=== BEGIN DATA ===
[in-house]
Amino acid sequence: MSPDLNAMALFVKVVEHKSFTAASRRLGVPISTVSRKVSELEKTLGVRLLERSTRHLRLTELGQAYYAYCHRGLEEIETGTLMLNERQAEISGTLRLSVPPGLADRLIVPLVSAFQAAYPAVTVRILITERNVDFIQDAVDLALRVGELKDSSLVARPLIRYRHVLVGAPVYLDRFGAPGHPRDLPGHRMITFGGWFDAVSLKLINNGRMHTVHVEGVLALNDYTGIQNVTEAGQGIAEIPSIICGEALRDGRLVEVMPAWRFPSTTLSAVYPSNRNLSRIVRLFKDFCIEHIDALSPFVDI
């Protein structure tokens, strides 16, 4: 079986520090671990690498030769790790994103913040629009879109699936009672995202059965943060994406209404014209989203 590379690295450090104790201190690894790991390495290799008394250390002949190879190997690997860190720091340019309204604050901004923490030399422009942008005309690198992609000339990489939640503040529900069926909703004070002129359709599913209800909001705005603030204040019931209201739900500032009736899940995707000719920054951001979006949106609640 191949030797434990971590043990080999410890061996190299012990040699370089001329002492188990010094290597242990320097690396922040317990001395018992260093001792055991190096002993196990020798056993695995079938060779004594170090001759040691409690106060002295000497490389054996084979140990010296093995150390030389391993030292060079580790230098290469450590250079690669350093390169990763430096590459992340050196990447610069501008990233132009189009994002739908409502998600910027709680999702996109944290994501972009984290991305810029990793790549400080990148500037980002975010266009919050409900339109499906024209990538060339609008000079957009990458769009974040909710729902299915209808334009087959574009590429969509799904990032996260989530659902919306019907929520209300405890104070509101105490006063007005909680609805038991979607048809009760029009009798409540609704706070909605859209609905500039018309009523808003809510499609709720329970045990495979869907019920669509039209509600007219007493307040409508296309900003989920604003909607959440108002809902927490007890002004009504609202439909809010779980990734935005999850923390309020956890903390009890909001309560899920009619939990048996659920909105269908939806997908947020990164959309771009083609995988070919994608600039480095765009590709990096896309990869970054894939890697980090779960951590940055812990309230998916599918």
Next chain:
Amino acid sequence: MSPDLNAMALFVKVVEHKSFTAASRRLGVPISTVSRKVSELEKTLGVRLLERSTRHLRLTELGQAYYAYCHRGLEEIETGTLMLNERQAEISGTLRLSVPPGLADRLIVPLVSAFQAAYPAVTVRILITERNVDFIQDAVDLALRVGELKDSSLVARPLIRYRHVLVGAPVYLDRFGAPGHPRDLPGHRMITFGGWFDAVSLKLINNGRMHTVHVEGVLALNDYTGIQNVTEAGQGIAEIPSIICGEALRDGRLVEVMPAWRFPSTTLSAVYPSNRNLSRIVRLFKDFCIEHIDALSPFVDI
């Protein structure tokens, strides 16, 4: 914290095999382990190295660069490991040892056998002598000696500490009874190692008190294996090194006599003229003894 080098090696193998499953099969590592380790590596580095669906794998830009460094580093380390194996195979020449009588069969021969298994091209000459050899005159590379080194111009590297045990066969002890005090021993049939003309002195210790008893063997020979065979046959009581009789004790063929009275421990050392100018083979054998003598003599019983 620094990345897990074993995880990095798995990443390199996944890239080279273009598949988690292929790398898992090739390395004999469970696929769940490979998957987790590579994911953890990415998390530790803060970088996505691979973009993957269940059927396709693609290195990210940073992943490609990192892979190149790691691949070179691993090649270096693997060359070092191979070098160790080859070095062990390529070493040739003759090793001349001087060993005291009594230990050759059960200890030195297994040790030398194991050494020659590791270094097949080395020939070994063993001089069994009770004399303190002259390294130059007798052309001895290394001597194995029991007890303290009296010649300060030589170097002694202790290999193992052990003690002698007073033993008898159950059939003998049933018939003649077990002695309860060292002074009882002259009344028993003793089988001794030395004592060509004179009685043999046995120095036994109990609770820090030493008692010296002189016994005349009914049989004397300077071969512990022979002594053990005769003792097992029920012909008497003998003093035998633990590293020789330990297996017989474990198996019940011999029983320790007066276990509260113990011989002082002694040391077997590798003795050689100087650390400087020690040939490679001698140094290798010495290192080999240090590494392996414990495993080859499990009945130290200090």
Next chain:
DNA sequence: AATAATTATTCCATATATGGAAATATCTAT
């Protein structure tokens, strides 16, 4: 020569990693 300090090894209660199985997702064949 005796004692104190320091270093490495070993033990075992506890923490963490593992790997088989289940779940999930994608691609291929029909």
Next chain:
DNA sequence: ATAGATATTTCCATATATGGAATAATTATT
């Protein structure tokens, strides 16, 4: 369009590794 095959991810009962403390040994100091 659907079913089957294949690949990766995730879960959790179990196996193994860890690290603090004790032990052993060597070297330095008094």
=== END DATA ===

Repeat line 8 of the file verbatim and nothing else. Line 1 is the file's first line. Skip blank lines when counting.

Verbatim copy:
DNA sequence: AATAATTATTCCATATATGGAAATATCTAT